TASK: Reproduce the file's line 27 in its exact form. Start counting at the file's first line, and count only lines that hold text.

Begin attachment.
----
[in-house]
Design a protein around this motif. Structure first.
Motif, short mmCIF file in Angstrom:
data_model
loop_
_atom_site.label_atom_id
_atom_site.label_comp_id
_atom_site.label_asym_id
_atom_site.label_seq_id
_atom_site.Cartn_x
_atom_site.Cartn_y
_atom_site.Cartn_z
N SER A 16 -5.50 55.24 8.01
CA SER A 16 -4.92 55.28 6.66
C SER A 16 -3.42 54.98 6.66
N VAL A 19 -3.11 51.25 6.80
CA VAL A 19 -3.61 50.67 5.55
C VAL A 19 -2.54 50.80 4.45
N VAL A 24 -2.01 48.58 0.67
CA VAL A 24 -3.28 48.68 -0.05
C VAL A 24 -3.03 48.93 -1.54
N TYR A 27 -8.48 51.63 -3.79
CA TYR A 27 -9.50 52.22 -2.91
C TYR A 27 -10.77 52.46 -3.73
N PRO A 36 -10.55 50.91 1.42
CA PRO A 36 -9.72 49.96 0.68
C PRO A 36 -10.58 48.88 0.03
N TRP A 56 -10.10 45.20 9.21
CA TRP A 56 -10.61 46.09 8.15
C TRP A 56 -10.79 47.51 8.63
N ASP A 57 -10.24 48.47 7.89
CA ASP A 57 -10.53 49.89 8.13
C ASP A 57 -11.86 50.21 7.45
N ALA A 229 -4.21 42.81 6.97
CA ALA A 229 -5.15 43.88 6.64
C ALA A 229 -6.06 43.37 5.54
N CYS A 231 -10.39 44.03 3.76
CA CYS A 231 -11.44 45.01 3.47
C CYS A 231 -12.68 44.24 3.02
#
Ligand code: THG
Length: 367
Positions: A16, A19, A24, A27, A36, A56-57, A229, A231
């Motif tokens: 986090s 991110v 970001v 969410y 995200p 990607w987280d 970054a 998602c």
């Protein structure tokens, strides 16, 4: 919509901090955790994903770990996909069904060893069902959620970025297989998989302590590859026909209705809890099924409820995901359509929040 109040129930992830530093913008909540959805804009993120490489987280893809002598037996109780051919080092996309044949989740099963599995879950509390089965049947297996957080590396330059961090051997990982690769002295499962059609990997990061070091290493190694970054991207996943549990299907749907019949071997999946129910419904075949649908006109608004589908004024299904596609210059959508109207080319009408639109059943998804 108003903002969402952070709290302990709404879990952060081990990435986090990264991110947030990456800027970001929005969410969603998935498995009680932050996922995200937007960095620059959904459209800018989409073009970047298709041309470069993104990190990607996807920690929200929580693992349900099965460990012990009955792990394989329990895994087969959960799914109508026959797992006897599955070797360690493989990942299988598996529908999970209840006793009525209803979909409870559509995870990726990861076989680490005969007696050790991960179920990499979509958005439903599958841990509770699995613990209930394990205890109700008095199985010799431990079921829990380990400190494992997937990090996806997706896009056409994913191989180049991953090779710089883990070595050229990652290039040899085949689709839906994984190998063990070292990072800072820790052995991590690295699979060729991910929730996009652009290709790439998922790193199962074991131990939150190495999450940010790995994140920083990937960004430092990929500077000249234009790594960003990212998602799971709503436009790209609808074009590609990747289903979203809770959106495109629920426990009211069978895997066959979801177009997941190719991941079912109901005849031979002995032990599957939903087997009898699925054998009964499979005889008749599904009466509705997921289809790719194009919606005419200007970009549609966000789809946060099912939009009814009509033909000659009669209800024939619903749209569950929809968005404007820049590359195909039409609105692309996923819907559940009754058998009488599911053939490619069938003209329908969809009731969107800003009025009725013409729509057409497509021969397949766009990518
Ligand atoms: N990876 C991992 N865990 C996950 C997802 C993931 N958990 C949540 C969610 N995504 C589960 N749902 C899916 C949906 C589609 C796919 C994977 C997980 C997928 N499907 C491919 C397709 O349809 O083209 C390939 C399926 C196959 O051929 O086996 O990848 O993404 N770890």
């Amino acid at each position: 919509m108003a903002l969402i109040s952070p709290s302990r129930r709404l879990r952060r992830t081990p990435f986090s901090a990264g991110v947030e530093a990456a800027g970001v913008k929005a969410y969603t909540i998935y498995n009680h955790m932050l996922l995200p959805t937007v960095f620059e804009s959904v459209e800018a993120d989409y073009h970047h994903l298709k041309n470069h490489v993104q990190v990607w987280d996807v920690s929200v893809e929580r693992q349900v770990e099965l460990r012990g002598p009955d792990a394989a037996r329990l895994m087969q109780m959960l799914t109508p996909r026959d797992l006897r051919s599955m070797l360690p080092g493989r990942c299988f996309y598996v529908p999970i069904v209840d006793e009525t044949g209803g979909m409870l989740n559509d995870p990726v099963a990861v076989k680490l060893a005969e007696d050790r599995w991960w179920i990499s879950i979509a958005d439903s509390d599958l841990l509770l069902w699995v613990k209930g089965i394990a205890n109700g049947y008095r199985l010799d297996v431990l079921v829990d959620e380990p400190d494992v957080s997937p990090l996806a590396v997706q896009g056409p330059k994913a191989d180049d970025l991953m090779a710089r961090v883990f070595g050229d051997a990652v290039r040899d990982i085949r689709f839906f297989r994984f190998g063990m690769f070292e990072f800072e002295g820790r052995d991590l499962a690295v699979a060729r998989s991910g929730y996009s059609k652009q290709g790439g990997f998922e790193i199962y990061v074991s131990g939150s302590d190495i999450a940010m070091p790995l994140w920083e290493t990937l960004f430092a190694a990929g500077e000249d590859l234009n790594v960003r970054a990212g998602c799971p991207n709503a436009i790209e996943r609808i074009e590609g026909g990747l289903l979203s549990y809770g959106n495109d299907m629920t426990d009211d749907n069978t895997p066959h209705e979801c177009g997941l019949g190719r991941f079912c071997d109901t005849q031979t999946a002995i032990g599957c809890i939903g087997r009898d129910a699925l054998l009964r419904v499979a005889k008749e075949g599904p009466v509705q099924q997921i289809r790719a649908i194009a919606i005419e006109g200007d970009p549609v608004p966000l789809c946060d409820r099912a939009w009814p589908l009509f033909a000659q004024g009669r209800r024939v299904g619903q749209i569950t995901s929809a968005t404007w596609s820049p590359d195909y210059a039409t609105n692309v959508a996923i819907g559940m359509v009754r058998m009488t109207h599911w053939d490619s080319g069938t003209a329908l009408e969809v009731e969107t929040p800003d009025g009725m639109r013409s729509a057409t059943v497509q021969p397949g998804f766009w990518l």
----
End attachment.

C PRO A 36 -10.58 48.88 0.03